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Published in the Globe and Mail on April 8, 2013

By Kristian Behrens

Many politicians and business leaders think that creating clusters of economic activity will be a silver bullet for solving a variety of regional or national economic problems. Bold claims that successful economic clusters drive prosperity nationwide require bold evidence – and that evidence is lacking.

The widening gap in Canada-U.S. per capita gross domestic product (GDP) is of concern to both policy makers and ordinary Canadians. Canadian firms’ relative underinvestment in information technology, for example, may explain a large part of the difference in economic performance north and south of the border.

Yet, according to some, the relative underperformance of Canada’s “clustered industries” – the spatial concentration of interrelated industries, specialized services, and customers – may also explain part of that gap.

Canadian manufacturing industries are less geographically concentrated than their counterparts in the U.S. or Britain. Furthermore, there has been a trend of manufacturing sectors becoming less spatially concentrated. Is that trend likely to sustain – or even to increase – the Canada-U.S. productivity gap? And can more geographical concentration help to reduce – or even to close – that gap?

Whereas most cluster studies have focused on specific regions, it is important to think about the broader national consequences of clusters. When some industries cluster in a region, this might come at the expense of other regions or other industries: Gains from clustering in some locations might well be dampened by losses in other locations. Touting the benefits of clusters at the local level might well overstate their overall national effects.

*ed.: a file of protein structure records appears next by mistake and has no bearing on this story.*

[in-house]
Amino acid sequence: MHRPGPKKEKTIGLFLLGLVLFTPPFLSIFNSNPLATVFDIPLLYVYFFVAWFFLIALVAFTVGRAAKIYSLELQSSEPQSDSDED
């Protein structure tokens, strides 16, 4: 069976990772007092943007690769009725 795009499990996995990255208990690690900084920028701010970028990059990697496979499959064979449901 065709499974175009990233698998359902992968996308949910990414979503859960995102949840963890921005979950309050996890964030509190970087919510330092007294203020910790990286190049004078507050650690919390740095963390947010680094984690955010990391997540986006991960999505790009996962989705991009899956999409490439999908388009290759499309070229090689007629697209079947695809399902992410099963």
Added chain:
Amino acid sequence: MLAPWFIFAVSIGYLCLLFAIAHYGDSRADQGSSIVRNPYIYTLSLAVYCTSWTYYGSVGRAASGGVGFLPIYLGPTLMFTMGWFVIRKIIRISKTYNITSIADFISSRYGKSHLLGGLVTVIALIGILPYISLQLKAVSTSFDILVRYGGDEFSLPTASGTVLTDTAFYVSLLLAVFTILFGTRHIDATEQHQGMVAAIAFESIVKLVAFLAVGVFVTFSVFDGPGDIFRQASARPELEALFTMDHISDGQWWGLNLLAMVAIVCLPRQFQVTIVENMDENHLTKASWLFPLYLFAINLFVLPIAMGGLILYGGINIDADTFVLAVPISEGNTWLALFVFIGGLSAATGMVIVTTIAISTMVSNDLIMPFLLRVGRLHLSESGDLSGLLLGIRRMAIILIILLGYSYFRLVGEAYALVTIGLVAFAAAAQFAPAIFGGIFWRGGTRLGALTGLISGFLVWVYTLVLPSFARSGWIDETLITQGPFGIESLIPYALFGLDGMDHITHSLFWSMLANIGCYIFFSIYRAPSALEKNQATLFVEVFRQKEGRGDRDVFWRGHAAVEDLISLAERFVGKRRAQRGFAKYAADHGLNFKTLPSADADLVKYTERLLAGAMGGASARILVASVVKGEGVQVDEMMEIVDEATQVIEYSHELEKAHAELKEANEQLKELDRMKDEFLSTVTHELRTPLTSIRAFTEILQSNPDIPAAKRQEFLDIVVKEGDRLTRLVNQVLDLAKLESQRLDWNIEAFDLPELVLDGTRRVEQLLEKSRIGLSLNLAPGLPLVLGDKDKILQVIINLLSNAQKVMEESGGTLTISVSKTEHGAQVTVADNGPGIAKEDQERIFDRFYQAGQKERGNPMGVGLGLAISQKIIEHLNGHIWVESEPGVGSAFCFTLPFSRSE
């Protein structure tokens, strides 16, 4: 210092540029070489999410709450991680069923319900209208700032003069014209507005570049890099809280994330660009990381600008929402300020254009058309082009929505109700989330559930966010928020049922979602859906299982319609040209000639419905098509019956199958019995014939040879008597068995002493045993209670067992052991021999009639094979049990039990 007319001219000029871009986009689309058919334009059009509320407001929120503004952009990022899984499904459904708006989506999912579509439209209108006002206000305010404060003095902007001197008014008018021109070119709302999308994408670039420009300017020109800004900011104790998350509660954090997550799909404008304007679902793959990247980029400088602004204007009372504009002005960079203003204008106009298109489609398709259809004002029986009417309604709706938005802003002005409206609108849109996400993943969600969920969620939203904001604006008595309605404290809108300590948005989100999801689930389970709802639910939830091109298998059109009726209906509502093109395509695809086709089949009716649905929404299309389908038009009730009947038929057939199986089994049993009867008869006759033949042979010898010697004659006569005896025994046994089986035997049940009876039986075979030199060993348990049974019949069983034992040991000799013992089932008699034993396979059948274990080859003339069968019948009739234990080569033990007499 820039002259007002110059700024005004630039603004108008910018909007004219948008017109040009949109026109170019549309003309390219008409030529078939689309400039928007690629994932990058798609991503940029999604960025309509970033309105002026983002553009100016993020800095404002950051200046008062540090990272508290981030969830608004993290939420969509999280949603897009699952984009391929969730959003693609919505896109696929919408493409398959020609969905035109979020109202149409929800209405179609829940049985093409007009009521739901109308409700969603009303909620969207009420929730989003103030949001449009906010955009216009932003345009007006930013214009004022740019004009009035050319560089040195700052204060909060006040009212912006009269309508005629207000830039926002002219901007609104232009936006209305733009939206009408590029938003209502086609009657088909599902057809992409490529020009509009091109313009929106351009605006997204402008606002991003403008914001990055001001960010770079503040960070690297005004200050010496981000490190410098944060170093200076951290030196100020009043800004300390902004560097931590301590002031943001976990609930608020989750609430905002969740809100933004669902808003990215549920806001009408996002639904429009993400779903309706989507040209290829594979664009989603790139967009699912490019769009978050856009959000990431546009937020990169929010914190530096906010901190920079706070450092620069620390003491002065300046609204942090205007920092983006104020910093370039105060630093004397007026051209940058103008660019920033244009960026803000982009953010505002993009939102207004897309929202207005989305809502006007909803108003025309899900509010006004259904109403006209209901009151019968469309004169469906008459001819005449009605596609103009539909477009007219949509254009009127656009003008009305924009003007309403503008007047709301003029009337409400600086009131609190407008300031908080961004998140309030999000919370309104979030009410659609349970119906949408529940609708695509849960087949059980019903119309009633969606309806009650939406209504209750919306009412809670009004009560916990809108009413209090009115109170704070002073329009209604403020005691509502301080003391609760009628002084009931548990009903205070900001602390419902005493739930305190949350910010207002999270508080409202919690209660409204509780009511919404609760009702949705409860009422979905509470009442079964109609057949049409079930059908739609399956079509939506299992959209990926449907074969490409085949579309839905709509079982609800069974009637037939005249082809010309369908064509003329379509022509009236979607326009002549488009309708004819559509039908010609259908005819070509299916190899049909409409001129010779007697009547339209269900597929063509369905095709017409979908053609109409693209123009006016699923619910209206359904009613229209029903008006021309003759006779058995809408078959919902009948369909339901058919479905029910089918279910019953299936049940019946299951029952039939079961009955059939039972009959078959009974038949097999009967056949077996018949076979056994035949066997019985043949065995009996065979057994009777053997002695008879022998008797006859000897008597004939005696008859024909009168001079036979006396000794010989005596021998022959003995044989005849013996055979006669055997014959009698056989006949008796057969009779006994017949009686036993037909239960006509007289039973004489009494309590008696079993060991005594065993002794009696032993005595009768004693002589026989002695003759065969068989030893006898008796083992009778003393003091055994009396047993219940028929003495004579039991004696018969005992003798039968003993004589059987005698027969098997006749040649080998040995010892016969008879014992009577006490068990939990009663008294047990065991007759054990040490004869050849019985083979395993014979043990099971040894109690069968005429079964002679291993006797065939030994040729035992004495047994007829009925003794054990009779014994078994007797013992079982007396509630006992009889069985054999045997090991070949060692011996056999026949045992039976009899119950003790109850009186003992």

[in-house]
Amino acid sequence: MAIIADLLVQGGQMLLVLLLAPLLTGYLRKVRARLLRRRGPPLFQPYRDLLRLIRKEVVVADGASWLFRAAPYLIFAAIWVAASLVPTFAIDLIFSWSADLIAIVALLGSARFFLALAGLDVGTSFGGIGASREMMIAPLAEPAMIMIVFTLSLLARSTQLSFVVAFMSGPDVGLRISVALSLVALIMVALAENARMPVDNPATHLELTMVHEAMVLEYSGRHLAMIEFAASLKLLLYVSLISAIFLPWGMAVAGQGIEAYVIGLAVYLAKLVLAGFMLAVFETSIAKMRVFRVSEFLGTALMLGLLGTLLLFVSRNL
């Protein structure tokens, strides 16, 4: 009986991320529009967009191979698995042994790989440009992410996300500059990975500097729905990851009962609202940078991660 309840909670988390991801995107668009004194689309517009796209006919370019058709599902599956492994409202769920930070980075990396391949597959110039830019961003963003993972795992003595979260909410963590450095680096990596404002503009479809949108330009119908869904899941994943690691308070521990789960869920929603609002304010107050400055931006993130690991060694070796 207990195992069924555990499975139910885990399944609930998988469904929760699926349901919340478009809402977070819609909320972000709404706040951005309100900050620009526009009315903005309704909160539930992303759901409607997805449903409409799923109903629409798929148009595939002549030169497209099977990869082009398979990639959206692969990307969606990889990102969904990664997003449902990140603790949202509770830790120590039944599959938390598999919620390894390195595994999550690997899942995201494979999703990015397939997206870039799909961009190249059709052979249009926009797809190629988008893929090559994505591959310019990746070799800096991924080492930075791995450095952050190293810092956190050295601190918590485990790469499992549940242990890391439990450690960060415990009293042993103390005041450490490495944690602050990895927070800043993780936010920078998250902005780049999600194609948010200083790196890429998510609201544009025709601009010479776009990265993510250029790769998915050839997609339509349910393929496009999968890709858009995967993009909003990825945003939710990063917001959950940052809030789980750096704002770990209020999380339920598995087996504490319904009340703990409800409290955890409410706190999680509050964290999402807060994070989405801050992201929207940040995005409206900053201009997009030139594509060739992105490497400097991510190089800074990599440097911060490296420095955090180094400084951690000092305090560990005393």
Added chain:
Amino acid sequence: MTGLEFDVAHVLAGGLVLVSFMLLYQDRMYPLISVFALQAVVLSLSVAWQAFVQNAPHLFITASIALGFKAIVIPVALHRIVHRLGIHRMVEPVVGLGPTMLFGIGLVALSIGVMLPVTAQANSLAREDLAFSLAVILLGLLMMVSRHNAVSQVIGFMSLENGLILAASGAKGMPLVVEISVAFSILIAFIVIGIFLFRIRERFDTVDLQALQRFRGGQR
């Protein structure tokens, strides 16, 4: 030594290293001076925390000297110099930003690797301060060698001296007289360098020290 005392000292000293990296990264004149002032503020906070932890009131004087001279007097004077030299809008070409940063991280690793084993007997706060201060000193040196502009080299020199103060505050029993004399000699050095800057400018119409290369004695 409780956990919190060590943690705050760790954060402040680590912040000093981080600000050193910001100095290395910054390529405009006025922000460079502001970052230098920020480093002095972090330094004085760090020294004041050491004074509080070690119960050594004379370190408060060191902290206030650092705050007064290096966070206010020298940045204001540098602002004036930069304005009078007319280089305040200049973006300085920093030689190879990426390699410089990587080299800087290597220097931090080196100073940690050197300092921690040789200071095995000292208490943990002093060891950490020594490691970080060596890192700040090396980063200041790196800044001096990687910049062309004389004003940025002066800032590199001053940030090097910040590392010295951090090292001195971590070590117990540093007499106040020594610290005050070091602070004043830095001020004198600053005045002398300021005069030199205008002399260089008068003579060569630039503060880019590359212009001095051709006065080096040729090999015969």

Looking at the evidence this way, it becomes clear that between 2001 and 2009 there has been only a weak link between the geographical concentration of manufacturing industries and their economic performance in Canada. Silicon Valley and Kitchener-Waterloo – the not-so-secret dream of every local policy maker – are exceptions, not the rule.

A doubling in the geographic concentration of firms in an average manufacturing sector would, on average, boost blue-collar wages by about 1 per cent. The effect on white-collar wages in high-tech industries is slightly larger, at about 5 per cent.

While these numbers look exciting at first sight, on a second look they reveal that the productivity and wage effects are rather small. Doubling the geographic concentration of firms in an industry is a herculean task that is likely to be beyond regional – or even national – economic policy. Such a doubling would amount to the reshuffling of large portions of an industry across locations. This could only be achieved at very high cost. Unfortunately, those costs are likely to exceed many times the expected productivity gains from clustering.

If cluster policies – be they local or national – do not provide cost-efficient solutions to the productivity problem, what else can be done? One obvious answer is to expand international trade. There is a much stronger positive relationship between trade and productivity between 2001 and 2009 than between clustering and productivity.

More exports and imports boost both value added per worker and average wages. A doubling of Canadian exports in an average industry increases, on average, blue-collar wages by 6 per cent, an effect that is six times larger than that of a doubling of clustering.

The policy message is that international trade has a stronger positive impact on productivity than the clustering of Canadian manufacturing industries. Looking at trade – and at better tax policy – provides more efficient and cheaper ways to tackle the productivity problem than cluster policy. The issue with trade policy is, of course, the absence of control as to where the positive effects materialize – which is precisely what makes cluster policies so attractive to local policy makers.

In the end, the choice between cluster policies and trade policy boils down to a difficult distributional problem that also has a regional component. Yet, if national economic performance is the key consideration, there is no reason to opt for cluster policies over, say, trade policy.

Kristian Behrens is professor of economics at the University of Quebec at Montreal. He is the author of the C.D. Howe Institute commentary “Strength in Numbers? The Weak Effect of Manufacturing Clusters on Canadian Productivity.”